Many of the trees planted in 1989-1991 were beginning to fruit and the time was right to begin systematically evaluating and documenting the entire collection which is, first and foremost, a conservation collection, intended to preserve breadfruit diversity. It is the largest breadfruit germplasm repository in the world, conserving three species of breadfruit and 150 cultivars from 34 Pacific islands, including some cultivars that are now rare, or extinct, in their home islands.

The collection also provides unique opportunities for researchers to better understand this underutilized crop. The SAC’s blueprint for how living collections advance scientific research helped guide my efforts. The first study began in January 1996, and was aimed at answering the question “Is it possible to have year-round production of breadfruit?” After five years of data collection I selected a core group of 20 “elite” cultivars to intensively study, including propagation research, so we could share these cultivars with other countries.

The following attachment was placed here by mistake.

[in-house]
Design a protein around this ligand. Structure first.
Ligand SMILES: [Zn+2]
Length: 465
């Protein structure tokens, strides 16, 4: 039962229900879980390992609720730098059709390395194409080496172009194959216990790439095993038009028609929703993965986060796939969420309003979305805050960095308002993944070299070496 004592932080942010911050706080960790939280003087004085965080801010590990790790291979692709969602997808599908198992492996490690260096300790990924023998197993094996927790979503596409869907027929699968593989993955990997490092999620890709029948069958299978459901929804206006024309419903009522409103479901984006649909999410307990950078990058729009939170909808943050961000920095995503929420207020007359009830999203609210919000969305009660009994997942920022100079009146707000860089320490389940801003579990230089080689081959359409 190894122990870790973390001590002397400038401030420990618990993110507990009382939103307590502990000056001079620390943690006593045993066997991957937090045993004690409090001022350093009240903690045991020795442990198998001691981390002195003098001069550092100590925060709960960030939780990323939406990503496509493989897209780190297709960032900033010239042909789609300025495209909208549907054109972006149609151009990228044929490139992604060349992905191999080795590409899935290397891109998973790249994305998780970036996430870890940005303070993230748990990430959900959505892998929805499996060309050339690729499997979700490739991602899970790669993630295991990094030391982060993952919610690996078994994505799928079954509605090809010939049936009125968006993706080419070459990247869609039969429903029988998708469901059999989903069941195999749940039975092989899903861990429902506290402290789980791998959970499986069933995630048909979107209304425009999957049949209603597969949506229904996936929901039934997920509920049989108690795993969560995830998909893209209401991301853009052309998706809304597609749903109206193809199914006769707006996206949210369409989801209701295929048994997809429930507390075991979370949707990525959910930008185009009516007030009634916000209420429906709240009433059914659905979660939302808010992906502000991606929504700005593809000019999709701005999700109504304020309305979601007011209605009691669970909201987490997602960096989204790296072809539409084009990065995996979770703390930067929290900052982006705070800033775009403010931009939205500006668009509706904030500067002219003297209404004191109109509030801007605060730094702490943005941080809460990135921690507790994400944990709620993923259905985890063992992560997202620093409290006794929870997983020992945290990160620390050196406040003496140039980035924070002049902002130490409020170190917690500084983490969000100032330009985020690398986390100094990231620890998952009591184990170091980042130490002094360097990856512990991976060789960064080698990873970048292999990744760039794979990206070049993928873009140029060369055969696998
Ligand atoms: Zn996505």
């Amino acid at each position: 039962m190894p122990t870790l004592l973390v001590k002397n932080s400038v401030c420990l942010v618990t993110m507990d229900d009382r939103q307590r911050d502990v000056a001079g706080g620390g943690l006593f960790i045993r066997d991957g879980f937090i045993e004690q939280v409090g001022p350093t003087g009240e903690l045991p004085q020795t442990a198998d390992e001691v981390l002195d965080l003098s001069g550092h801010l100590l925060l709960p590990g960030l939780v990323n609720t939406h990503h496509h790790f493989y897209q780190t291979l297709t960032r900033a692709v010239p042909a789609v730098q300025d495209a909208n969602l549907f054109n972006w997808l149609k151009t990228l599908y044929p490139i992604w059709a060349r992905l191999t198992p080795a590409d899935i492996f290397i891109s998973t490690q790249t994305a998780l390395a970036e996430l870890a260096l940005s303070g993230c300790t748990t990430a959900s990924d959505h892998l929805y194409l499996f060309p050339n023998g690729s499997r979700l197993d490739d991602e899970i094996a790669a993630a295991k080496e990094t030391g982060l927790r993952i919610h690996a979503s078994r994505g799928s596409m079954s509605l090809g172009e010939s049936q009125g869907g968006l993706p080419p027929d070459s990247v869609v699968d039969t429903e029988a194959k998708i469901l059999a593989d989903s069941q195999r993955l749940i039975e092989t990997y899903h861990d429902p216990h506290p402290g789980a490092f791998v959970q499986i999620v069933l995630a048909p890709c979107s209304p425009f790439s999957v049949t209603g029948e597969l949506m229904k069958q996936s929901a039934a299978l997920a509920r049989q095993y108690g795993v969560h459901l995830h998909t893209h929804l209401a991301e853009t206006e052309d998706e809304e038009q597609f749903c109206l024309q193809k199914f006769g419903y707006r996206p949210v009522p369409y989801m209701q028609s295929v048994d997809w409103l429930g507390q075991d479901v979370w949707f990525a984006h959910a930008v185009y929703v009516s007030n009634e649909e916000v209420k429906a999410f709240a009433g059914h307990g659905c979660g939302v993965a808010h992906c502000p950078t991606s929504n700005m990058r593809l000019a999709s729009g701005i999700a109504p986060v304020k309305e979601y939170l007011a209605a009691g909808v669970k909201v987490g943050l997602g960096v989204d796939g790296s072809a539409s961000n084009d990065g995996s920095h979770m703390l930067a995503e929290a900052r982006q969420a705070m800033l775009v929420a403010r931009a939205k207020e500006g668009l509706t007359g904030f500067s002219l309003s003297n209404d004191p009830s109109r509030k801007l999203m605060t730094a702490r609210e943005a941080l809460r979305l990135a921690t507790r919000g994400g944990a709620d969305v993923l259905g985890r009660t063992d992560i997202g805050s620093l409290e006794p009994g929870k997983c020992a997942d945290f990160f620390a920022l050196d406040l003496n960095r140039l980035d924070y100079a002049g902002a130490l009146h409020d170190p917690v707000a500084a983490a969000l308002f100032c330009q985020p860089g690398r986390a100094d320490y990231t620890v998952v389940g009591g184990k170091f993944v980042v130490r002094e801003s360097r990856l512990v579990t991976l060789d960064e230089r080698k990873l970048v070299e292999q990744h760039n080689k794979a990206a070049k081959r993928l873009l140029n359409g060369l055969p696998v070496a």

To promote the conservation, study, and use of breadfruit for food and reforestation

The idea for the Breadfruit Institute resulted from a discussion between two members of NTBG’s Board of Trustees after visiting the breadfruit collection in 2002. The institute was envisioned as a new department at NTBG, capitalizing upon the breadfruit collection and my expertise and professional network. It would be more than a research program. The first step was to claim the URL www.breadfruit.org and adopt the mission statement: To promote the conservation, study, and use of breadfruit for food and reforestation. I was appointed as director when the institute was formally established in October 2003.